Delay versus Stickiness Violation Trade-offs for Load Balancing in Large-Scale Data Centers

Qingkai Liang, Sem Borst

Most load balancing techniques implemented in current data centers tend to rely on a mapping from packets to server IP addresses through a hash value calculated from the flow five-tuple. The hash calculation allows extremely fast packet forwarding and provides flow `stickiness', meaning that all packets belonging to the same flow get dispatched to the same server. Unfortunately, such static hashing may not yield an optimal degree of load balancing, e.g., due to variations in server processing speeds or traffic patterns. On the other hand, dynamic schemes, such as the Join-the-Shortest-Queue (JSQ) scheme, provide a natural way to mitigate load imbalances, but at the expense of stickiness violation. In the present paper we examine the fundamental trade-off between stickiness violation and packet-level latency performance in large-scale data centers. We establish that stringent flow stickiness carries a significant performance penalty in terms of packet-level delay. Moreover, relaxing the stickiness requirement by a minuscule amount is highly effective in clipping the tail of the latency distribution. We further propose a bin-based load balancing scheme that achieves a good balance among scalability, stickiness violation and packet-level delay performance. Extensive simulation experiments corroborate the analytical results and validate the effectiveness of the bin-based load balancing scheme.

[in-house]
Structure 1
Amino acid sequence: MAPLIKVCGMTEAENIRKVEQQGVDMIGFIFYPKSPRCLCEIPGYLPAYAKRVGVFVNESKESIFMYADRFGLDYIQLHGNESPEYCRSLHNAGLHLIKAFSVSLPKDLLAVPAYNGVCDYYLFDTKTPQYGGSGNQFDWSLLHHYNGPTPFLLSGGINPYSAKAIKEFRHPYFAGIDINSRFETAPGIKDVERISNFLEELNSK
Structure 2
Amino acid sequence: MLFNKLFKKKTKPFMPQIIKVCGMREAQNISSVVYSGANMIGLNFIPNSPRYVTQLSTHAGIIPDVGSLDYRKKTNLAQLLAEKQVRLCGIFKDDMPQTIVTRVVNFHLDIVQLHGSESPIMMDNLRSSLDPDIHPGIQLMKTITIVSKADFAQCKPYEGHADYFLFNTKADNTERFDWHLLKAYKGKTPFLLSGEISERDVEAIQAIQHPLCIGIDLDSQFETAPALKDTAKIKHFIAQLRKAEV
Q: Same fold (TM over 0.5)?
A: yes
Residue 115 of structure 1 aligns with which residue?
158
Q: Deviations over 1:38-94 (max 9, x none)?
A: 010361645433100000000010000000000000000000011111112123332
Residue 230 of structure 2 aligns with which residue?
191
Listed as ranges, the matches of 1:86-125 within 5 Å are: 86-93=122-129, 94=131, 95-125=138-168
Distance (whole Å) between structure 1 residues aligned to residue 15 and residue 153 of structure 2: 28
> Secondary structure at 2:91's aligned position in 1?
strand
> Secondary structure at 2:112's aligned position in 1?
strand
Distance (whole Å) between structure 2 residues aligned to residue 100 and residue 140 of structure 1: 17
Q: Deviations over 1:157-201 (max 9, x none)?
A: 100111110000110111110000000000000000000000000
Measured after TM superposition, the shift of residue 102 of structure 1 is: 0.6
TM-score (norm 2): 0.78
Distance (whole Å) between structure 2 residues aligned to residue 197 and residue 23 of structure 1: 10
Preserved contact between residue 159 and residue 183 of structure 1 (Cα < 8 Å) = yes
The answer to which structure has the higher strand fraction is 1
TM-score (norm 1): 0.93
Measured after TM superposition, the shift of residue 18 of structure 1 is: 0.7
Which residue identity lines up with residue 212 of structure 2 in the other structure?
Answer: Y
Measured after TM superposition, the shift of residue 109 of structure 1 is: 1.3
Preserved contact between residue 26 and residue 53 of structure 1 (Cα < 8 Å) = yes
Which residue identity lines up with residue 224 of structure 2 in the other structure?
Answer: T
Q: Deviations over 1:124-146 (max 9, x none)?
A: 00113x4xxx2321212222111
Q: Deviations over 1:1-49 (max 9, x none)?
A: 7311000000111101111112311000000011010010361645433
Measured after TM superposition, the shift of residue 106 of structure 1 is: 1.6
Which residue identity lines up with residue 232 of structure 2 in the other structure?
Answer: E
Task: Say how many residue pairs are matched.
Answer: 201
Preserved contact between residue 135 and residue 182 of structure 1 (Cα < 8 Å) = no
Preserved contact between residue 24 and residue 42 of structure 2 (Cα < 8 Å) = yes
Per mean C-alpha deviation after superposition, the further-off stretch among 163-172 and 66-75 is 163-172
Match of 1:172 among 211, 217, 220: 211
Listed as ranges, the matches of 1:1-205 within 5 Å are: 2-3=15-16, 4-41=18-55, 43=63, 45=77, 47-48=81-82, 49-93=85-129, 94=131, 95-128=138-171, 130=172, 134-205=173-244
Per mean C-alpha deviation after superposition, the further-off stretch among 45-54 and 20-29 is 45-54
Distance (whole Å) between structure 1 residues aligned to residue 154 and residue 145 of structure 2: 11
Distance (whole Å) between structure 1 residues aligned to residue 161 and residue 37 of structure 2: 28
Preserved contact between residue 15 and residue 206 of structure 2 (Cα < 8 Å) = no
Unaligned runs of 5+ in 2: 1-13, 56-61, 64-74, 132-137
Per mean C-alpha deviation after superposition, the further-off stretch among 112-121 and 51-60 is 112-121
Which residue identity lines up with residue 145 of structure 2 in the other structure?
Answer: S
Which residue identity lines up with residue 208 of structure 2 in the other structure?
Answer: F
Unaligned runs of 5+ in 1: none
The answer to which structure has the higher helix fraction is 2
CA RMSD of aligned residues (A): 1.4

Knowledge Graph



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